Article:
The Chinese Communist Party theoretical journal Red Flag, once a key fount of Maoist ideological inspiration and guidance, will cease publication in June, authorities said Saturday.
The journal will be replaced by a reform-oriented magazine called Qiushi, or Seeking Truth, the New China News Agency reported.
The name is taken from the slogan, “Seek truth from facts,” popularized by Chinese leader Deng Xiaoping in his drive to supplant ideological orthodoxy with a pragmatic national quest for economic development.
Red Flag was named by Chairman Mao Tse-tung, and the Chinese characters used for the journal’s masthead are in Mao’s calligraphy.
In recent years, Red Flag has been a twice-monthly, 48-page magazine with a circulation of 3 million. Founded in 1958 as the voice of the party Central Committee, Red Flag assumed great importance in the Cultural Revolution, when political struggles and ideological purity took precedence over economic efficiency.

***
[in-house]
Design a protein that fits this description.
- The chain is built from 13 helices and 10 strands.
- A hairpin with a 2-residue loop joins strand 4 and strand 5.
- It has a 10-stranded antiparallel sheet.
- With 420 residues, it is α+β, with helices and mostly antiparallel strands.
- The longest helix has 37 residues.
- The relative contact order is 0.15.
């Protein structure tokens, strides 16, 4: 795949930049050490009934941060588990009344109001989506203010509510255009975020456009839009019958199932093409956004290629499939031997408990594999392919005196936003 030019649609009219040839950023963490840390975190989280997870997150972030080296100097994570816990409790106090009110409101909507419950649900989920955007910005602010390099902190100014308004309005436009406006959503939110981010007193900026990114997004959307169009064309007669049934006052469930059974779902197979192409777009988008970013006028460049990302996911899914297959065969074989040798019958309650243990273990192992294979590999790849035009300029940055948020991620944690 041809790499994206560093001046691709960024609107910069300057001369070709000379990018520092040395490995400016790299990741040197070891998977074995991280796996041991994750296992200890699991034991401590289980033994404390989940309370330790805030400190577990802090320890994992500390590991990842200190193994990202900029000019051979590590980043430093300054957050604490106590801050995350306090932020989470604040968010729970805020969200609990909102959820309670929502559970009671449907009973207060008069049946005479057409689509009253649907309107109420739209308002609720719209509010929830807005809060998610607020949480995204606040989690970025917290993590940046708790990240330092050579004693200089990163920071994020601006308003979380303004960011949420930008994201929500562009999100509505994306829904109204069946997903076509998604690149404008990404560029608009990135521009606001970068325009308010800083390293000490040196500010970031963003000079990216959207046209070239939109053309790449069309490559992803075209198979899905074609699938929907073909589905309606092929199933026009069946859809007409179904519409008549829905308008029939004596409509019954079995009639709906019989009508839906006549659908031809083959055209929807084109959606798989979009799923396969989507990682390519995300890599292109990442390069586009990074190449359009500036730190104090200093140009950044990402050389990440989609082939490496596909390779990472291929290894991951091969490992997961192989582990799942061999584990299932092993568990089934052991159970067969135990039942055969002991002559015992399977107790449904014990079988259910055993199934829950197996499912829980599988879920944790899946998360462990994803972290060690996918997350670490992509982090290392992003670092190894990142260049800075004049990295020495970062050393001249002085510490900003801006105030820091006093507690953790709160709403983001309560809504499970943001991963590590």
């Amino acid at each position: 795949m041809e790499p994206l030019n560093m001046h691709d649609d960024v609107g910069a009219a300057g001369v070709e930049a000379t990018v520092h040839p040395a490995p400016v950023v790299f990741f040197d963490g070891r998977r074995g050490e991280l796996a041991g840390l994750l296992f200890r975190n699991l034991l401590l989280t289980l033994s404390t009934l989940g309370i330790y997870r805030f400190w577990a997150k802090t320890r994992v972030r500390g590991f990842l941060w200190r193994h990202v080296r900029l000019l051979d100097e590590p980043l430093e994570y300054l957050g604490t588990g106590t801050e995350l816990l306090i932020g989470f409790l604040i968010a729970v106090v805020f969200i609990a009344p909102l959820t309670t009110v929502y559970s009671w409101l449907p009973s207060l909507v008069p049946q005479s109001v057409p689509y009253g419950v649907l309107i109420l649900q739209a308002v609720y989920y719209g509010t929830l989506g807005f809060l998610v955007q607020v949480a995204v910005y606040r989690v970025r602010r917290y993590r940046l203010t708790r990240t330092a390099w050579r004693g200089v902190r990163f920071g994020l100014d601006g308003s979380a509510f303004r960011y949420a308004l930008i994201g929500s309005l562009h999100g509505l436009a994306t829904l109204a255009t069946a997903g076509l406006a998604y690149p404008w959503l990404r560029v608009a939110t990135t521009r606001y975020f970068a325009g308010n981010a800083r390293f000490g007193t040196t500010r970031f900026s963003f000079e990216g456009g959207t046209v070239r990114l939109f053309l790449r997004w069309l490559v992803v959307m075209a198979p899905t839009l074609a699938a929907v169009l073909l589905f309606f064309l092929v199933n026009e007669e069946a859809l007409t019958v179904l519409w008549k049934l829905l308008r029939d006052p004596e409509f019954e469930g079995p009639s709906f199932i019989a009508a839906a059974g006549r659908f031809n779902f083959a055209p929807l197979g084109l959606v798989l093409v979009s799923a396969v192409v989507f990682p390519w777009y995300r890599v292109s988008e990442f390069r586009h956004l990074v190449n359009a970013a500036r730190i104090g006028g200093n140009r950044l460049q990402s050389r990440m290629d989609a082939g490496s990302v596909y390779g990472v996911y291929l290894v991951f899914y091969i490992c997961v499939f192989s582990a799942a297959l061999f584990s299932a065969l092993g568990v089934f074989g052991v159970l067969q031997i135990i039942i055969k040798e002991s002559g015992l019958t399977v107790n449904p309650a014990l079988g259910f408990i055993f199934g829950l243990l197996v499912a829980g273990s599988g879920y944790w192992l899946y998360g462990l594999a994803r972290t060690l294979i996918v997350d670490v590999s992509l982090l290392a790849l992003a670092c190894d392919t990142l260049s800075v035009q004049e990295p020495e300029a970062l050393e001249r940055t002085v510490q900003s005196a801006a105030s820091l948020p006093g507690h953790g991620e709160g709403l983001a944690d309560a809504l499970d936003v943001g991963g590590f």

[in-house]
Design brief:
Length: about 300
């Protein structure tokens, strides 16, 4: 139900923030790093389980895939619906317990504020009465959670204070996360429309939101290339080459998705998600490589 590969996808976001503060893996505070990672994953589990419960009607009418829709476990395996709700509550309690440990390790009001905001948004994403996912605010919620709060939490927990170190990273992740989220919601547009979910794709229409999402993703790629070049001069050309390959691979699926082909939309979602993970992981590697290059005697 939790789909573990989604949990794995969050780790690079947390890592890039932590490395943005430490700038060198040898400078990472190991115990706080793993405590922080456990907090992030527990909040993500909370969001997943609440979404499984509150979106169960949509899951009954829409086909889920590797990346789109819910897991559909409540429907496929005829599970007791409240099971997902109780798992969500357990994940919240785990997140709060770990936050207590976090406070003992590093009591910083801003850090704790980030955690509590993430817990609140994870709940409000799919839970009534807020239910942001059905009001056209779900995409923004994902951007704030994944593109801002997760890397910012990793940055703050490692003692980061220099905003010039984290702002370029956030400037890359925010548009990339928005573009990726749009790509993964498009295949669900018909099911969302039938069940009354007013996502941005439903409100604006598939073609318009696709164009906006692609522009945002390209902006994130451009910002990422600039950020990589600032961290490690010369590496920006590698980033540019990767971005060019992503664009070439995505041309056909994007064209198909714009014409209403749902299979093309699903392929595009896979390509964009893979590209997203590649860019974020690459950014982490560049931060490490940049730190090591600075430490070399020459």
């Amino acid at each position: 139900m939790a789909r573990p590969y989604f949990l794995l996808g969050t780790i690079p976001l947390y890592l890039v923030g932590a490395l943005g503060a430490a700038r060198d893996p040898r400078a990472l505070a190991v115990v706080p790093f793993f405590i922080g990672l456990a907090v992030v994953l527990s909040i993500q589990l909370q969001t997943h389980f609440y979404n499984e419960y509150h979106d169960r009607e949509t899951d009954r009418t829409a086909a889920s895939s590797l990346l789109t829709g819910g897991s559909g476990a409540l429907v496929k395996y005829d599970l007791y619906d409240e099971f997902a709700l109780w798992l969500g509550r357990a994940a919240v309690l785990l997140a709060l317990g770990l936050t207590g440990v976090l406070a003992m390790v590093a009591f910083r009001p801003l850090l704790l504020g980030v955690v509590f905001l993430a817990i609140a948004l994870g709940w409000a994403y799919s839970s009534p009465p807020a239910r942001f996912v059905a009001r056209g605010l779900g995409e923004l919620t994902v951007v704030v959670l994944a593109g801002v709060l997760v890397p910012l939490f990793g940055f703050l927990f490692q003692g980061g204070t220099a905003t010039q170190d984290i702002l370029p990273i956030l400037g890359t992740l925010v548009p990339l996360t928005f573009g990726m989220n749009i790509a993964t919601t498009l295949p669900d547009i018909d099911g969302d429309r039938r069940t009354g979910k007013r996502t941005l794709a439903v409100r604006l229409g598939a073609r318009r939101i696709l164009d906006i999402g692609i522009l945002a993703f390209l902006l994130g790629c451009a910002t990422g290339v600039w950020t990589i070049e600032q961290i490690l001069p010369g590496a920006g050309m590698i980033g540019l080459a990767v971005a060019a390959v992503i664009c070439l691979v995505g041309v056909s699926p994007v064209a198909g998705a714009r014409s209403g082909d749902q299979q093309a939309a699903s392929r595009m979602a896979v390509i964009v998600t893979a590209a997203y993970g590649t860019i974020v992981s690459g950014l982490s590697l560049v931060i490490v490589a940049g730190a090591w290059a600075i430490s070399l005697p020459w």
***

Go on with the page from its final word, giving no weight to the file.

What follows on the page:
The Chinese news agency said Red Flag will publish its last issue in mid-June, and Seeking Truth will come out on July 1.
Like Red Flag, the new magazine will serve as the Communist Party’s theoretical journal. But unlike its predecessor, which was an organ directly under the party’s Central Committee, Seeking Truth will be published by the Central Party School, which trains high-ranking officials.
Su Xing, a reform-minded economist who is deputy editor-in-chief of Red Flag, told the New China News Agency that Seeking Truth will focus on issues arising from China’s current reforms.